Due to the possibility of a serious flu pandemic, the U.S. Government is asking business leaders to make response plans for a range of flu outbreak scenarios. For this flu season, predictions range from a moderate increase in flu-related absenteeism, to a full-blown influenza pandemic. The most up-to-date information regarding flu risk can be found online at the Centers for Disease Control and Prevention Web site; on the World Health Organization Web site; as well as on the U.S. Department of Health & Human Services Web site (refer to Guidance for Businesses and Employers to Plan and Respond to the 2009-2010 Influenza Season).
For both business and public health reasons, it is critical for employers to be ready for the possibility of a pandemic. A pandemic might involve your clients as well as your workforce, as employers face the potential for supply chain disruptions, workforce shortages, and even panic among employees and their family members.
Business experts and government officials have developed the following guidelines to help business leaders coordinate plans in the event of a pandemic:
Identify a Team
Name a pandemic coordinator or team with specific responsibilities for preparing and response planning. Go over emergency preparedness plans with your identified team members. Remember that your planning process needs to remain fluid and dependent on circumstances, not a fixed or finite plan.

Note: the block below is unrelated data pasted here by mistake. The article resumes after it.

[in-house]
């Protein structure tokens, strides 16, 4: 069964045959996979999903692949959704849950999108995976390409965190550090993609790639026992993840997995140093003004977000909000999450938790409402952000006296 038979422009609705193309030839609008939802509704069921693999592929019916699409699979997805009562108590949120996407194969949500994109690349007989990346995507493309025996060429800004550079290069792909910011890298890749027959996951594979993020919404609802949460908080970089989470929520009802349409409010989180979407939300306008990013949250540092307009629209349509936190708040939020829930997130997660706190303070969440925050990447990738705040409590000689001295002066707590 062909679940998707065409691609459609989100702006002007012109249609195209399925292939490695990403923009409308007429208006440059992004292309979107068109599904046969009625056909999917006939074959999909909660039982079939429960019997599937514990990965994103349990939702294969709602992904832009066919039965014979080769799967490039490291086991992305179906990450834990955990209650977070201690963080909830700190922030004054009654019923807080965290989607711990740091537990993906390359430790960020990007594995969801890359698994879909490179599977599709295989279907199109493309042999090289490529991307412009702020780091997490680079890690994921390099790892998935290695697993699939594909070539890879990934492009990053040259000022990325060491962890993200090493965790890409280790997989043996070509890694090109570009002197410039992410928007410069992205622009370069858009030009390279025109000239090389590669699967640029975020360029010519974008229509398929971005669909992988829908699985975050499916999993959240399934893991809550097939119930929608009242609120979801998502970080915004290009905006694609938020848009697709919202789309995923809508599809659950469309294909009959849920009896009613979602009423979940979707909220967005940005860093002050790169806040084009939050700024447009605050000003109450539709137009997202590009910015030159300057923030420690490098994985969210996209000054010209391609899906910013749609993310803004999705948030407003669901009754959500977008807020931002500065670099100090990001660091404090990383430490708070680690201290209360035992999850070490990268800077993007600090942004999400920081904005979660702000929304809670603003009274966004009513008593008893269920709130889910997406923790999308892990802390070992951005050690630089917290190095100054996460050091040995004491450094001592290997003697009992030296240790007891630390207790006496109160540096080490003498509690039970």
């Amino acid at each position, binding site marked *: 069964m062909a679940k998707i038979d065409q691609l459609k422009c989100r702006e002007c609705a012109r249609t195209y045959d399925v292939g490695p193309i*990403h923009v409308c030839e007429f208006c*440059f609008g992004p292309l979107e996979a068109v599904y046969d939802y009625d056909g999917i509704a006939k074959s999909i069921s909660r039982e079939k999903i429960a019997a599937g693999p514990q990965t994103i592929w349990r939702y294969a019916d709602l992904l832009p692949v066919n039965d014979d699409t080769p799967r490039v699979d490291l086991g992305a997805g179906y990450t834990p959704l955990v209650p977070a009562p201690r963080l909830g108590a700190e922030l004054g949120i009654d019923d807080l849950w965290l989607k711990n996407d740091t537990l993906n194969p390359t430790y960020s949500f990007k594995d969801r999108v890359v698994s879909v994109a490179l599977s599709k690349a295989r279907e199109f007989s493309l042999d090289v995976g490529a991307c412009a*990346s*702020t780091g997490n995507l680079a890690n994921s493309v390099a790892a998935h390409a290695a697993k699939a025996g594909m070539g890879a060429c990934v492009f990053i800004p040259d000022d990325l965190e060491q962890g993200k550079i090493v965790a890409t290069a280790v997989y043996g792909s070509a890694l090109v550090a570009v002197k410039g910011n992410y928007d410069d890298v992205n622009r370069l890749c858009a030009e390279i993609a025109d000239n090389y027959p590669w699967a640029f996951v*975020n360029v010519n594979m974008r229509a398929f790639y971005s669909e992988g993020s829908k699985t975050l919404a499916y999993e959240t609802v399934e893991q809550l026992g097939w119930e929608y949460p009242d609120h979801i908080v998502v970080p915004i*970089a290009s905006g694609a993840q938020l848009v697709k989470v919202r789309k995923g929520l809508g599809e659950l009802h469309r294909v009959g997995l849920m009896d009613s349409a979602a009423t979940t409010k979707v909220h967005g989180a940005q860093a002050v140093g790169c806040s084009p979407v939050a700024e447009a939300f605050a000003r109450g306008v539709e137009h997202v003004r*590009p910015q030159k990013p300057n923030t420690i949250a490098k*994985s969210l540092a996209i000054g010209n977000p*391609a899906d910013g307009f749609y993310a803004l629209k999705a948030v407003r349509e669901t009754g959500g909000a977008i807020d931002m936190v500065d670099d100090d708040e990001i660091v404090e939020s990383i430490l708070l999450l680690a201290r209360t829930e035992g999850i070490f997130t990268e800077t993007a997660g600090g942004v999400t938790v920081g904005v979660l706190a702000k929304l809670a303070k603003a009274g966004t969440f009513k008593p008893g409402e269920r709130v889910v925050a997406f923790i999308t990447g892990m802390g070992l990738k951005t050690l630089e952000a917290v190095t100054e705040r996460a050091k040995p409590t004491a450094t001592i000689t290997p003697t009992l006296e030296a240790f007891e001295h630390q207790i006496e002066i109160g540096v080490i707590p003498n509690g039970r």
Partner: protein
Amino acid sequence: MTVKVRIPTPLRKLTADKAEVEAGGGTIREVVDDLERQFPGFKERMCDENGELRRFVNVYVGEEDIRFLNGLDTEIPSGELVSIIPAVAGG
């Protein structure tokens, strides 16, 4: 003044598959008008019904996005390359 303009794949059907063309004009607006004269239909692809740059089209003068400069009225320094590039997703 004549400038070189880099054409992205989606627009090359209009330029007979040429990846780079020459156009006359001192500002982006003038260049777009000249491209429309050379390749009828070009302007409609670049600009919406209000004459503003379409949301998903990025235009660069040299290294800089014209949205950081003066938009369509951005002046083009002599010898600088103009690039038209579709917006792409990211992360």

Communicate with Your Employees
Have emergency communication systems and plans in place. Communicate pandemic preparedness and response plans to employees and, if necessary, to your customers and suppliers.
Educate your employees on flu preparedness. By involving employees, they might feel less anxious and more in control. Stress the importance of the message that employees should stay home when they are sick.
Prepare for Widespread Absenteeism
Create a plan for how critical functions will be carried out elsewhere if work sites must be closed temporarily. Review health care, disability, and leave policies with employees. So that tasks can be handled by more than one person, provide cross-training to employees. Whenever possible, plan to have employees work remotely. Create policies for reducing travel to affected geographic areas.
Immunize and Sanitize
Set up immunization clinics for your workforce through your EAP or insurer. Encourage employees to practice good hygiene by washing hands, using sanitizers, and covering their mouths and noses with a tissue when coughing or sneezing. It is also recommended to avoid touching eyes, nose, or mouth, as this is a good way to spread germs.